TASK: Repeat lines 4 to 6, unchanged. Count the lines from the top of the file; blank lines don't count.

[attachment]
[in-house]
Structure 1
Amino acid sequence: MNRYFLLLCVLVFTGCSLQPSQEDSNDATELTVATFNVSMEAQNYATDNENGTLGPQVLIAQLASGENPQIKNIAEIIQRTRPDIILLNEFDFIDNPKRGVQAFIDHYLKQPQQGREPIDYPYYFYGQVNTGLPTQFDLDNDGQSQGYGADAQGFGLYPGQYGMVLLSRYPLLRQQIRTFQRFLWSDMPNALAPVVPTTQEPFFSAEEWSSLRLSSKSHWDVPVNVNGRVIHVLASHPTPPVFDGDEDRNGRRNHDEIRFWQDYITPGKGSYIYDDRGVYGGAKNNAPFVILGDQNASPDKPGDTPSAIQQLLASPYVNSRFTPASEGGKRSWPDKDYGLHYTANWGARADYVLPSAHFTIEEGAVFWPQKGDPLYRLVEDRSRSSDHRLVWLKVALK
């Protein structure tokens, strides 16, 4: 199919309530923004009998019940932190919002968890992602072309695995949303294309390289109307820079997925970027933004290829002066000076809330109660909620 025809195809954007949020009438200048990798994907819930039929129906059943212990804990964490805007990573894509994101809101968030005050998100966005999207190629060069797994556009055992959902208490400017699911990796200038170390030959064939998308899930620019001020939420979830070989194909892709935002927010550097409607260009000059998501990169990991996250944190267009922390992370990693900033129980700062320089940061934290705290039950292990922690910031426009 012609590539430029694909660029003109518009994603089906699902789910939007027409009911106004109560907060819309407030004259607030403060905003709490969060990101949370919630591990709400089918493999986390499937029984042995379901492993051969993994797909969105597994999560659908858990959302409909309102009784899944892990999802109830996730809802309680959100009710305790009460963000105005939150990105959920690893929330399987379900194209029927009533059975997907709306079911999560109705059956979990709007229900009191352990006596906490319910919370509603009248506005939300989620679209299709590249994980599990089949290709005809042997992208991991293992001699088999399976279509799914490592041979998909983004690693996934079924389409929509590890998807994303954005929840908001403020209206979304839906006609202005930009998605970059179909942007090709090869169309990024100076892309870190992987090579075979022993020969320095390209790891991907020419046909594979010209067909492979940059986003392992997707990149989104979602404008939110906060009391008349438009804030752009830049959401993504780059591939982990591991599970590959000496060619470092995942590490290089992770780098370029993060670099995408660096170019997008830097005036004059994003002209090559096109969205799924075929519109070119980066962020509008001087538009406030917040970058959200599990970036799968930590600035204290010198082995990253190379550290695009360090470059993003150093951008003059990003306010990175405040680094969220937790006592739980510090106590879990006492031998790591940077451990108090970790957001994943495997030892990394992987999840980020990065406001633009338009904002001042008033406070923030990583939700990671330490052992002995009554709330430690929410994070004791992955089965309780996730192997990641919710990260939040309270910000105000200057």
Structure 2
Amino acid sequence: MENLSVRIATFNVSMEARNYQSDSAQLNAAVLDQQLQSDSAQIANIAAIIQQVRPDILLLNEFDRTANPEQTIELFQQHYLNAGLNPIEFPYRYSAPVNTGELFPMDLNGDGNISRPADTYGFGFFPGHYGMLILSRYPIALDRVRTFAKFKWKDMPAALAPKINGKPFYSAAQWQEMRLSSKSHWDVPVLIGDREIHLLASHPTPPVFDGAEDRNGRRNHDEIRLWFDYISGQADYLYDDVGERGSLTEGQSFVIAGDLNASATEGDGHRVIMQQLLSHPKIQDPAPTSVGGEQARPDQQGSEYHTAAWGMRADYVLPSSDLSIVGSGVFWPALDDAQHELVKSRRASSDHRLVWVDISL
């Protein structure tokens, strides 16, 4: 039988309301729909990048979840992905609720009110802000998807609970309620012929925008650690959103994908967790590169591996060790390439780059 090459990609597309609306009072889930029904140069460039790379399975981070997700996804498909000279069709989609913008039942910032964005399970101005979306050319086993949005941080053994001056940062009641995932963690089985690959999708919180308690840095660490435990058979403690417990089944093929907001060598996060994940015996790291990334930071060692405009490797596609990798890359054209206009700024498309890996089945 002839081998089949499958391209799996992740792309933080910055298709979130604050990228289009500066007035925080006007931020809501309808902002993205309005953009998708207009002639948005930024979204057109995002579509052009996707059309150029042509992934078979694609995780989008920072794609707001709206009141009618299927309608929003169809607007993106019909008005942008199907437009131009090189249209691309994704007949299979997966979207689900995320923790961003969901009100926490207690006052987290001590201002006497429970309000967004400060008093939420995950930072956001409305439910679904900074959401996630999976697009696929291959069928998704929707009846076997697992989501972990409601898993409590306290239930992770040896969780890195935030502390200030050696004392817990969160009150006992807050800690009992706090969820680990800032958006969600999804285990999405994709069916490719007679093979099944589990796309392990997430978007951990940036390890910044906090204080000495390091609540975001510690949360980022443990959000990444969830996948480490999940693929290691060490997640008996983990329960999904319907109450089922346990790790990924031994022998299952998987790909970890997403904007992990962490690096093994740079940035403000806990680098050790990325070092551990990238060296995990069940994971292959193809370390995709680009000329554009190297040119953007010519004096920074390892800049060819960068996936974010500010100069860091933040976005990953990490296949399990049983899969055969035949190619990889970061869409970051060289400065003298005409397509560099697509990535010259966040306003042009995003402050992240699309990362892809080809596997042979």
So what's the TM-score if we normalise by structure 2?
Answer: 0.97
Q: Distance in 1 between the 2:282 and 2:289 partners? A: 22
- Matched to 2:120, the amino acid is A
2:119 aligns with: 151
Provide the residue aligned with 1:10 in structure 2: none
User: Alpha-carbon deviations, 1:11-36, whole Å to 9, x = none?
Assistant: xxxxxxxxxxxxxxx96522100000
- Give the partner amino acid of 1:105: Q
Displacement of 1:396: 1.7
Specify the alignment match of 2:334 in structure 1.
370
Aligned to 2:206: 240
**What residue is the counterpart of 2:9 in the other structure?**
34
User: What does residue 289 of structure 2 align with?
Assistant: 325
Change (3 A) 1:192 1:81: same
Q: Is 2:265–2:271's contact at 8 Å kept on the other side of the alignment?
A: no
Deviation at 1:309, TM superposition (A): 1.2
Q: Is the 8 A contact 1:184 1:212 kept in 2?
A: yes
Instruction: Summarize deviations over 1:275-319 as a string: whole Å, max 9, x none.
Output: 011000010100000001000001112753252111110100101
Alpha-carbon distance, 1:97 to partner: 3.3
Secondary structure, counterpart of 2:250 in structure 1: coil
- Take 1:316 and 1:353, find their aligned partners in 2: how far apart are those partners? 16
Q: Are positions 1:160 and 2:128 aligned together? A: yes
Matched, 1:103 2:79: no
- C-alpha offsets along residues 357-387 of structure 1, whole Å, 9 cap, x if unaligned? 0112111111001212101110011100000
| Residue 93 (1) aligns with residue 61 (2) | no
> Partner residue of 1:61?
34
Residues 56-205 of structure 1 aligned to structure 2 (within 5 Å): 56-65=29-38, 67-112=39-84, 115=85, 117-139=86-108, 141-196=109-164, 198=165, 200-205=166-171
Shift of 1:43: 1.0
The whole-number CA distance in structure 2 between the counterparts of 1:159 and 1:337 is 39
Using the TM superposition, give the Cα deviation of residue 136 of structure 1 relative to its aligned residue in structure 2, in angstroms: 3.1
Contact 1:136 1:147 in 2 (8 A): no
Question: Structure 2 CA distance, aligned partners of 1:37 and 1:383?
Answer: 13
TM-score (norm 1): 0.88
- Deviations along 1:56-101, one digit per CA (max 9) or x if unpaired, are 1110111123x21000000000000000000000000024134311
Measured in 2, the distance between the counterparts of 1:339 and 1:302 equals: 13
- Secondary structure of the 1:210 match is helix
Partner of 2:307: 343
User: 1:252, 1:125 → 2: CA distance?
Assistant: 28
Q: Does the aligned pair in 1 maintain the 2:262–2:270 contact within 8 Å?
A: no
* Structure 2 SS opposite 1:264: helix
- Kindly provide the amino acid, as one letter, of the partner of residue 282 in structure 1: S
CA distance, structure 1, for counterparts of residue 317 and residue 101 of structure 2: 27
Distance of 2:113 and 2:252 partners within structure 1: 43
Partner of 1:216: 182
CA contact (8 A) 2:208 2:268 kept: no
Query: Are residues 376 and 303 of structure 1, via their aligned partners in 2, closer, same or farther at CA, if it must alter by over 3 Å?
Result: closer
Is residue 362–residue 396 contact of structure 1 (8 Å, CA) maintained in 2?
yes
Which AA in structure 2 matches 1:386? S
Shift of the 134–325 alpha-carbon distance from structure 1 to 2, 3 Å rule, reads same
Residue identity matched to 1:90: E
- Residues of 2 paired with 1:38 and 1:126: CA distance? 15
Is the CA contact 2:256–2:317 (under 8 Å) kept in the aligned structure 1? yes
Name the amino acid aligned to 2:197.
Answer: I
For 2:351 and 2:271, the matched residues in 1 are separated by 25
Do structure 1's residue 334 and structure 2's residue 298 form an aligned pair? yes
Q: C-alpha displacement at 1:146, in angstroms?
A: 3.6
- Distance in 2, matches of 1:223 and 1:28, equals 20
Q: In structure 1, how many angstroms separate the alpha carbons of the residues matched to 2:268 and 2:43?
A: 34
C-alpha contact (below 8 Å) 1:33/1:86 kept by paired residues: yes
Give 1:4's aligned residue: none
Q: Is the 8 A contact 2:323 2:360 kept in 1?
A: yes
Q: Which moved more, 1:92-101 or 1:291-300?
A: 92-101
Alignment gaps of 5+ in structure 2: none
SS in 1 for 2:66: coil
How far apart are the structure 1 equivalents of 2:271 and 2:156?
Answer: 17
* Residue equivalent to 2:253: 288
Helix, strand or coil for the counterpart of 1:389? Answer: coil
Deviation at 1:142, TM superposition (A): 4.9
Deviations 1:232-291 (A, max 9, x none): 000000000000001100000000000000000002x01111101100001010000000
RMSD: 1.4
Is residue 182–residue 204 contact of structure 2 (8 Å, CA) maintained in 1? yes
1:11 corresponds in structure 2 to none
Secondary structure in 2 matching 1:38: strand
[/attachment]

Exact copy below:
């Protein structure tokens, strides 16, 4: 199919309530923004009998019940932190919002968890992602072309695995949303294309390289109307820079997925970027933004290829002066000076809330109660909620 025809195809954007949020009438200048990798994907819930039929129906059943212990804990964490805007990573894509994101809101968030005050998100966005999207190629060069797994556009055992959902208490400017699911990796200038170390030959064939998308899930620019001020939420979830070989194909892709935002927010550097409607260009000059998501990169990991996250944190267009922390992370990693900033129980700062320089940061934290705290039950292990922690910031426009 012609590539430029694909660029003109518009994603089906699902789910939007027409009911106004109560907060819309407030004259607030403060905003709490969060990101949370919630591990709400089918493999986390499937029984042995379901492993051969993994797909969105597994999560659908858990959302409909309102009784899944892990999802109830996730809802309680959100009710305790009460963000105005939150990105959920690893929330399987379900194209029927009533059975997907709306079911999560109705059956979990709007229900009191352990006596906490319910919370509603009248506005939300989620679209299709590249994980599990089949290709005809042997992208991991293992001699088999399976279509799914490592041979998909983004690693996934079924389409929509590890998807994303954005929840908001403020209206979304839906006609202005930009998605970059179909942007090709090869169309990024100076892309870190992987090579075979022993020969320095390209790891991907020419046909594979010209067909492979940059986003392992997707990149989104979602404008939110906060009391008349438009804030752009830049959401993504780059591939982990591991599970590959000496060619470092995942590490290089992770780098370029993060670099995408660096170019997008830097005036004059994003002209090559096109969205799924075929519109070119980066962020509008001087538009406030917040970058959200599990970036799968930590600035204290010198082995990253190379550290695009360090470059993003150093951008003059990003306010990175405040680094969220937790006592739980510090106590879990006492031998790591940077451990108090970790957001994943495997030892990394992987999840980020990065406001633009338009904002001042008033406070923030990583939700990671330490052992002995009554709330430690929410994070004791992955089965309780996730192997990641919710990260939040309270910000105000200057």
Structure 2
Amino acid sequence: MENLSVRIATFNVSMEARNYQSDSAQLNAAVLDQQLQSDSAQIANIAAIIQQVRPDILLLNEFDRTANPEQTIELFQQHYLNAGLNPIEFPYRYSAPVNTGELFPMDLNGDGNISRPADTYGFGFFPGHYGMLILSRYPIALDRVRTFAKFKWKDMPAALAPKINGKPFYSAAQWQEMRLSSKSHWDVPVLIGDREIHLLASHPTPPVFDGAEDRNGRRNHDEIRLWFDYISGQADYLYDDVGERGSLTEGQSFVIAGDLNASATEGDGHRVIMQQLLSHPKIQDPAPTSVGGEQARPDQQGSEYHTAAWGMRADYVLPSSDLSIVGSGVFWPALDDAQHELVKSRRASSDHRLVWVDISL